Mechanism of action of potential live biotherapeutics for the treatment of inflammatory bowel disease

Imke E Mulder, A.M. Patterson, Rustam Aminov, E. Logan, M.I. Delday, A.G.P. Coutts, George Grant, D. Kelly

Research output: Contribution to journalConference abstract in journalResearchpeer-review


Disruption of the gut microbiota shows consistent correlation with susceptibility to Crohn’s Disease and Ulcerative Colitis. Specific members of the healthy gut microbiota can influence immune homeostasis in a variety of ways. For instance, bacteria can skew the composition of the microbiota, strengthen gut barrier function, and drive maturation of intestinal T cell subsets. We investigated the immune-potentiating effects of a number of candidate commensal bacterial strains, with specific emphasis on the mode of action and protection against IBD in
mouse models of colitis. Bacterial strains were studied in vitro (intestinal cell culture systems) and in vivo (acute and chronic colitis in mice). Characterization of host bacterial interactions was performed using a multi-omics approach, including bacterial genomics, microarrays and FACS analysis. Two potential live biotherapeutic bacterial strains work in distinct ways to induce immune homeostasis. One strain directly influences the NF-úB intracellular signalling cascade to reduce the pro-inflammatory response. The other strain is able to induce the expansion of CD3+CD4+CD25+FoxP3+ regulatory T cells through secreted and cell surface-associated molecules.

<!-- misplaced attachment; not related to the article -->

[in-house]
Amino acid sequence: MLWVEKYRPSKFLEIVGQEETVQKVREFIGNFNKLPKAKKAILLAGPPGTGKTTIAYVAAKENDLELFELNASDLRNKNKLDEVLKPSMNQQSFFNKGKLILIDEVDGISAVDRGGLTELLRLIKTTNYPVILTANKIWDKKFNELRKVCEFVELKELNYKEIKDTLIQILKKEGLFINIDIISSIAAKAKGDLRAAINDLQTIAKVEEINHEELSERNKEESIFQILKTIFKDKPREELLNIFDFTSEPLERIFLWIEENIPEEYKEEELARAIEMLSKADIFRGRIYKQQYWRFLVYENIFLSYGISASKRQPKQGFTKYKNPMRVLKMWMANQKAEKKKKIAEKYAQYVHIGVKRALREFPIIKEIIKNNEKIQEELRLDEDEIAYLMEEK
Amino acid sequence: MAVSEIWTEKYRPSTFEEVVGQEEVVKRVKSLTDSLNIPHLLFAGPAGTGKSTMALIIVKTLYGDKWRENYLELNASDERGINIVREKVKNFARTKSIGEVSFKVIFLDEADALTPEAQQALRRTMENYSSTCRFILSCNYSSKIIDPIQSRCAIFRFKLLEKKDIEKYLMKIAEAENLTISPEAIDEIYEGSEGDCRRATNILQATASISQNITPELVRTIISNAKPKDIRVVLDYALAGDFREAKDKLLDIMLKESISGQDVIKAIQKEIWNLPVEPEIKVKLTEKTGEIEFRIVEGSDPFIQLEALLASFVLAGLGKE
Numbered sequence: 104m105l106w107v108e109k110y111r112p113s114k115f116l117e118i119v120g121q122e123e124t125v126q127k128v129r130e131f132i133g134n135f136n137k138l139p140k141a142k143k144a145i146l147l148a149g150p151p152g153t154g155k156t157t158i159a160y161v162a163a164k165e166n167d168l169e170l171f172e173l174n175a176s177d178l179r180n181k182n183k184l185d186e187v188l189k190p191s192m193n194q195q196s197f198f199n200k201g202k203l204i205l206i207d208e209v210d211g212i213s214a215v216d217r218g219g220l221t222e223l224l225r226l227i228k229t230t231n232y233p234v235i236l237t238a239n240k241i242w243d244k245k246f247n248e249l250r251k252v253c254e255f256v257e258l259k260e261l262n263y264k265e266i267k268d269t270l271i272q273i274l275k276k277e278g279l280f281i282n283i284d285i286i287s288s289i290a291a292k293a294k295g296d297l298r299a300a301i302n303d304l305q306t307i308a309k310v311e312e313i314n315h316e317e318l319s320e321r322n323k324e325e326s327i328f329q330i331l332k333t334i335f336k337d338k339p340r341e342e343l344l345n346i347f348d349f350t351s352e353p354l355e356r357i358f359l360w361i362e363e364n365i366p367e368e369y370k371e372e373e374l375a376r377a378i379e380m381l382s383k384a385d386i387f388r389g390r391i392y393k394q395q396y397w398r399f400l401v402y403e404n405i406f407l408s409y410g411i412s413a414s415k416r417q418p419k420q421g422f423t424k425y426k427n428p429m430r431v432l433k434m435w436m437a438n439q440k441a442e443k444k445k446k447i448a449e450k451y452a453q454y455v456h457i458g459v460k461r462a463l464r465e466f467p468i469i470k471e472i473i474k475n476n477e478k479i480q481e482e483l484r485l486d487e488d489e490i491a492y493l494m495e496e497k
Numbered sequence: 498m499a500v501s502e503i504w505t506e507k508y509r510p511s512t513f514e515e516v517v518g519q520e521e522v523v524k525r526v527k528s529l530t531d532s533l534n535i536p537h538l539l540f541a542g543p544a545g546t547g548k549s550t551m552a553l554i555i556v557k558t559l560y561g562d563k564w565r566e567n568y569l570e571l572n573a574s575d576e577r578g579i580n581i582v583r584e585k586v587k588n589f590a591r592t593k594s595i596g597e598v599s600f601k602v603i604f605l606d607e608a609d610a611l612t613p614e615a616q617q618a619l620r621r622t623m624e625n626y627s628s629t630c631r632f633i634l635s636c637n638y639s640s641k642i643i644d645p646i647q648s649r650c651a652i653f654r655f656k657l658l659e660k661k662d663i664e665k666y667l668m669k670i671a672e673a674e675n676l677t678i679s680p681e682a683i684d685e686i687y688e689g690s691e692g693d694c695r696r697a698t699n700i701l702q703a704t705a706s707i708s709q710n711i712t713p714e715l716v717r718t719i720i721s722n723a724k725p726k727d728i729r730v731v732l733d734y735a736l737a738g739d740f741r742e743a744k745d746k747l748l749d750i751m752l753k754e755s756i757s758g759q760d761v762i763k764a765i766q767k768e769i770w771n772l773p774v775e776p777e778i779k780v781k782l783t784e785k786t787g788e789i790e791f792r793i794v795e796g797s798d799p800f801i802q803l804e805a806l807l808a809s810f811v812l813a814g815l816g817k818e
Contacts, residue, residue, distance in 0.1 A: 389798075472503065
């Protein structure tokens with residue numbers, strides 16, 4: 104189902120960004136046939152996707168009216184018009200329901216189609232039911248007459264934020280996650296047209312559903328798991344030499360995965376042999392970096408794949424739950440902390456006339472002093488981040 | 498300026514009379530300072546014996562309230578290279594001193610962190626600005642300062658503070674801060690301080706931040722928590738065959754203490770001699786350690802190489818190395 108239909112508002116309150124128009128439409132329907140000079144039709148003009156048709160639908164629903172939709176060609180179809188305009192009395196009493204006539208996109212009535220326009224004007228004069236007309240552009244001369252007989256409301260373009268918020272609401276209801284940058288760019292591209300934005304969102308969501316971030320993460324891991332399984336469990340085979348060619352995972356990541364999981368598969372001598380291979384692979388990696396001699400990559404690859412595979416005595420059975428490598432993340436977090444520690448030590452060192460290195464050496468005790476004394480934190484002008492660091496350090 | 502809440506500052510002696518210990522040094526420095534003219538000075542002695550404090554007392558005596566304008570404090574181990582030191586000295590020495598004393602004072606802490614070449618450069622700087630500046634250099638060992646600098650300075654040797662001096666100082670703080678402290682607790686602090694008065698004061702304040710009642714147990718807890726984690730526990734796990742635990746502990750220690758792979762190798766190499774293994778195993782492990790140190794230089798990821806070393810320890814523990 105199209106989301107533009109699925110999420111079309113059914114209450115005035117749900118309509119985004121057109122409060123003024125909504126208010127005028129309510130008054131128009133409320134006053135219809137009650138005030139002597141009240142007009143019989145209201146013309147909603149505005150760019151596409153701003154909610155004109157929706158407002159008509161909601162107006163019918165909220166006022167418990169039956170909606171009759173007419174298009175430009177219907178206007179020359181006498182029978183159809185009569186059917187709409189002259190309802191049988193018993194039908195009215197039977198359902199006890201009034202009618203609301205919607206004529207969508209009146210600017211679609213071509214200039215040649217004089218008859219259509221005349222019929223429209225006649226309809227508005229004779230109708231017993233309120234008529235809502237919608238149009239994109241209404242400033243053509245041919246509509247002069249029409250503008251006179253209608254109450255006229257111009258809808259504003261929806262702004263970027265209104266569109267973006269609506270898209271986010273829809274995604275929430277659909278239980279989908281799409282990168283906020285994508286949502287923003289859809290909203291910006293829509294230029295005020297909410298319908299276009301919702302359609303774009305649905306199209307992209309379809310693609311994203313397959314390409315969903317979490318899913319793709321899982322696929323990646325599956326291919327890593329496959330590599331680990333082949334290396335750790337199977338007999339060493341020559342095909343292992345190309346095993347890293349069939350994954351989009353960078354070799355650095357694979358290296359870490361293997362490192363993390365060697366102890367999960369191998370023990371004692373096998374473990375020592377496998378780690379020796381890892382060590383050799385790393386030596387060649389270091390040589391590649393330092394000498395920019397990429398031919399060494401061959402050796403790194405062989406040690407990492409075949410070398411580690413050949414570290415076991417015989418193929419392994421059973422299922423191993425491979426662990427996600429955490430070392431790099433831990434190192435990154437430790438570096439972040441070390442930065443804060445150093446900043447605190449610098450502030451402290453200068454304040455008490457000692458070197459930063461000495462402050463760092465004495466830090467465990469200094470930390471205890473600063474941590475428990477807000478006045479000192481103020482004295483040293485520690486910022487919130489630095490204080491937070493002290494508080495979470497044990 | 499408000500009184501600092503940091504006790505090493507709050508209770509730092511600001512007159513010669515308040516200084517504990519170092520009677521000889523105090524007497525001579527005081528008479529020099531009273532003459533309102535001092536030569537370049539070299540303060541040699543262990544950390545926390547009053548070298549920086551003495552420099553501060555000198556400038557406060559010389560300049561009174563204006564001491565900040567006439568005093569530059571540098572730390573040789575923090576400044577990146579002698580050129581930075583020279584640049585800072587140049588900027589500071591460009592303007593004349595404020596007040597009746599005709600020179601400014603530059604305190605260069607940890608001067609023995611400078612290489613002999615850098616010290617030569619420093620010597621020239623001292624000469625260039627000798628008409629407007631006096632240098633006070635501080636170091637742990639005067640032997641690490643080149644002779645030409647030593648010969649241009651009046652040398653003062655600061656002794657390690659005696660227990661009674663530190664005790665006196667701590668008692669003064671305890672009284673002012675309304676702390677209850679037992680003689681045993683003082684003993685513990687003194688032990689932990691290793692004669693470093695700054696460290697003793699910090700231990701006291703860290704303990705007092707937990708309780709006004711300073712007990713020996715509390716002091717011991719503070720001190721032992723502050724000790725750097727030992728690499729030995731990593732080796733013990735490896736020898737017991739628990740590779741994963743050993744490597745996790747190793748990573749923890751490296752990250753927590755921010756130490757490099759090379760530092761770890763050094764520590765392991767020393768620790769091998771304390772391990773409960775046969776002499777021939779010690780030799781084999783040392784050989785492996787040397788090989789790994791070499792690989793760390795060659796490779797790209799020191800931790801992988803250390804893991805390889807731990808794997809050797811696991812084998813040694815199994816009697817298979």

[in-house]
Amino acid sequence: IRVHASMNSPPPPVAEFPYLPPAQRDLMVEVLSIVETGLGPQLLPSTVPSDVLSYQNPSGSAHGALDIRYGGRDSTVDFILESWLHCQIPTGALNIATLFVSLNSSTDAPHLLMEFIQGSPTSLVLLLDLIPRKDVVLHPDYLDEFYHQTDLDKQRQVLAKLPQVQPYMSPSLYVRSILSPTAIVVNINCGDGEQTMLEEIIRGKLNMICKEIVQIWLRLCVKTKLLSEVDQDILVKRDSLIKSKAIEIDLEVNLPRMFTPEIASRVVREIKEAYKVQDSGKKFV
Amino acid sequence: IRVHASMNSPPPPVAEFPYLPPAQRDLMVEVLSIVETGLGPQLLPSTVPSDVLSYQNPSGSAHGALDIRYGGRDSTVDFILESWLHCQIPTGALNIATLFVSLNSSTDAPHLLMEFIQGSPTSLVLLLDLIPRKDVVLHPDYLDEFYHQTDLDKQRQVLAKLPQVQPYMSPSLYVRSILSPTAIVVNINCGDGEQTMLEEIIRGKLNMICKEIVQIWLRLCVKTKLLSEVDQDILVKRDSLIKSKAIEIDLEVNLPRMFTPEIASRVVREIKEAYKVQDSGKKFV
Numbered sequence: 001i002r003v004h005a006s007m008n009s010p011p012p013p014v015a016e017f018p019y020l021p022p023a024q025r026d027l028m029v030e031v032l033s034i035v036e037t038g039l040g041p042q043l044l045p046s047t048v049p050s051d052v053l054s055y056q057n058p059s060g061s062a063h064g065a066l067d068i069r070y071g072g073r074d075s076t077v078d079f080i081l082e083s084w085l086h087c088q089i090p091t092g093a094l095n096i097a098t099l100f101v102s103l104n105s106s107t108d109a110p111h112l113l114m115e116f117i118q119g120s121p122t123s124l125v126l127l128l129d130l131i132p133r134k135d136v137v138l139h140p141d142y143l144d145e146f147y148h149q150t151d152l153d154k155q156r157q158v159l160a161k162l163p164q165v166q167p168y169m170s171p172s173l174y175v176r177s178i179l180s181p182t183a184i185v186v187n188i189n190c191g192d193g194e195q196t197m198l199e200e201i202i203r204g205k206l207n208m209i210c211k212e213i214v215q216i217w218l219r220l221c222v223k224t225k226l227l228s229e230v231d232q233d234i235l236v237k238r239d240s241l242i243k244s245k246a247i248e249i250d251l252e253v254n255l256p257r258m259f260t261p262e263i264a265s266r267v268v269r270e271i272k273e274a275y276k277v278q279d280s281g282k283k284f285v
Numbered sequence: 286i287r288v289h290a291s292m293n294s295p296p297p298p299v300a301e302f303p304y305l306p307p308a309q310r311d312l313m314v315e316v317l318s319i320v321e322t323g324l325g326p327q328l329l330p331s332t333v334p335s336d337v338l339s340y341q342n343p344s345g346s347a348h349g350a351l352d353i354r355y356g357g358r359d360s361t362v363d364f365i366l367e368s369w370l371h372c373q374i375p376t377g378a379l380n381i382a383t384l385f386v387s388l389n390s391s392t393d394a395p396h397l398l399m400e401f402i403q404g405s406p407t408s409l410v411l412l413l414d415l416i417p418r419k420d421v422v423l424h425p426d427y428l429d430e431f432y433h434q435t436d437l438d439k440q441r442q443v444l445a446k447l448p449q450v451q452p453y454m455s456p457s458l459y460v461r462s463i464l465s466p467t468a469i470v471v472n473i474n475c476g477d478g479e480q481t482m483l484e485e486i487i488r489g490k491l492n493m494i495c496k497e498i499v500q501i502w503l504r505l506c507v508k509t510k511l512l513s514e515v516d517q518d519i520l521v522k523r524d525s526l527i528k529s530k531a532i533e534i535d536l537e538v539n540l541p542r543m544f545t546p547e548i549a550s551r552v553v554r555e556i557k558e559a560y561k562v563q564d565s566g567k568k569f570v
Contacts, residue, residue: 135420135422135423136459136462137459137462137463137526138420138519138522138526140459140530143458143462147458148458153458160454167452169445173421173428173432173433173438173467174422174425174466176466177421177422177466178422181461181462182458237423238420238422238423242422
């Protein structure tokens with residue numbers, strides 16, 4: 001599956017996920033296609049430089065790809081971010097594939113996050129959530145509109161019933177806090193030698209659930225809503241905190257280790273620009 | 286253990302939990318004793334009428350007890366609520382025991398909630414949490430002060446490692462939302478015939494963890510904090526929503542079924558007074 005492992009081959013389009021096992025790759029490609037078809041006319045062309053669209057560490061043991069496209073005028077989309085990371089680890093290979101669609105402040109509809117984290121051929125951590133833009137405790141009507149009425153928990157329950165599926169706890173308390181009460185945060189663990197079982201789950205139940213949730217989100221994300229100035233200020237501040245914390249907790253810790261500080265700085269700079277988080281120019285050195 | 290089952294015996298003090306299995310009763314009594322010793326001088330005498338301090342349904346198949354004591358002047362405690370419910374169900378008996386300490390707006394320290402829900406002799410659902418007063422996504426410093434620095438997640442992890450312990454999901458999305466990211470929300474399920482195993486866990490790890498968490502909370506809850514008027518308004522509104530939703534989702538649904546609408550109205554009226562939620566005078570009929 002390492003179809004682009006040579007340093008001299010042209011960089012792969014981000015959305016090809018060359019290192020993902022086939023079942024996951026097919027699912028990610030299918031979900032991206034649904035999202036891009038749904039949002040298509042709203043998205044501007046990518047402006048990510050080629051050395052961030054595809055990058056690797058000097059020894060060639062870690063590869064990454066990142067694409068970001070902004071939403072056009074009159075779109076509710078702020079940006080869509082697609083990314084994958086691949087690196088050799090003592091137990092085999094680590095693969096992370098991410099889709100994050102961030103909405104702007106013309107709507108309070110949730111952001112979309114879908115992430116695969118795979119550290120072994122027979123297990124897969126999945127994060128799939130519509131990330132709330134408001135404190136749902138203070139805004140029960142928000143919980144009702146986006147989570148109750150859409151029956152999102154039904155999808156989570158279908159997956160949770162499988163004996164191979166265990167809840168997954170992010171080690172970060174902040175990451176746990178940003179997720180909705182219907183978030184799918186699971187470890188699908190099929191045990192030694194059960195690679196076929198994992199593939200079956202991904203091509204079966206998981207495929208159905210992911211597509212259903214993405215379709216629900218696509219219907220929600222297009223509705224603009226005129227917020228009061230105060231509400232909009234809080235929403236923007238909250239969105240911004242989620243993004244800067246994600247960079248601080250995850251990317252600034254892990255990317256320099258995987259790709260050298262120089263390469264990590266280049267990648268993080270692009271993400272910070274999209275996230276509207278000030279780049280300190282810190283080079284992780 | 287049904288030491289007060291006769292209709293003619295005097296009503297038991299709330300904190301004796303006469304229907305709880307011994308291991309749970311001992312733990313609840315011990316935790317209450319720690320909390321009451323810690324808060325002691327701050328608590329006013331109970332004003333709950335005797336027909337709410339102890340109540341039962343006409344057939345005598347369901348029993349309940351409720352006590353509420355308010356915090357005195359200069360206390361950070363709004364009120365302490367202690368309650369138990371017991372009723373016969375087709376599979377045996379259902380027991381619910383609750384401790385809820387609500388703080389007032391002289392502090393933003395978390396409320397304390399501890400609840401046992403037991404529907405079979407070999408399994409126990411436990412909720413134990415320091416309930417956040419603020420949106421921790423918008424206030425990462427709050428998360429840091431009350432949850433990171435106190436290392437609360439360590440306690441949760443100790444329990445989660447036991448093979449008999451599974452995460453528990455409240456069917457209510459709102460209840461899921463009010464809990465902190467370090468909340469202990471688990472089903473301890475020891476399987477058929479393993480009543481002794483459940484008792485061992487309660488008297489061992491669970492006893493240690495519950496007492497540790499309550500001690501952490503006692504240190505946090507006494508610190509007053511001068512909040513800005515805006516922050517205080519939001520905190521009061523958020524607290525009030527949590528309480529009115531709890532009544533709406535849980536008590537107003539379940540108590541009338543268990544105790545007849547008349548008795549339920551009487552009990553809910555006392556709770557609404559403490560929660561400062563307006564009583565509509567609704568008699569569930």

Candidate bacterial strains have been identified that provide protection against murine IBD through distinctive mechanisms. Translation of their important immune-regulatory effects into human systems will now be assessed.
Original languageEnglish
JournalJournal of Crohn's and Colitis
Issue number2
Pages (from-to)S395
Publication statusPublished - 2014
Externally publishedYes


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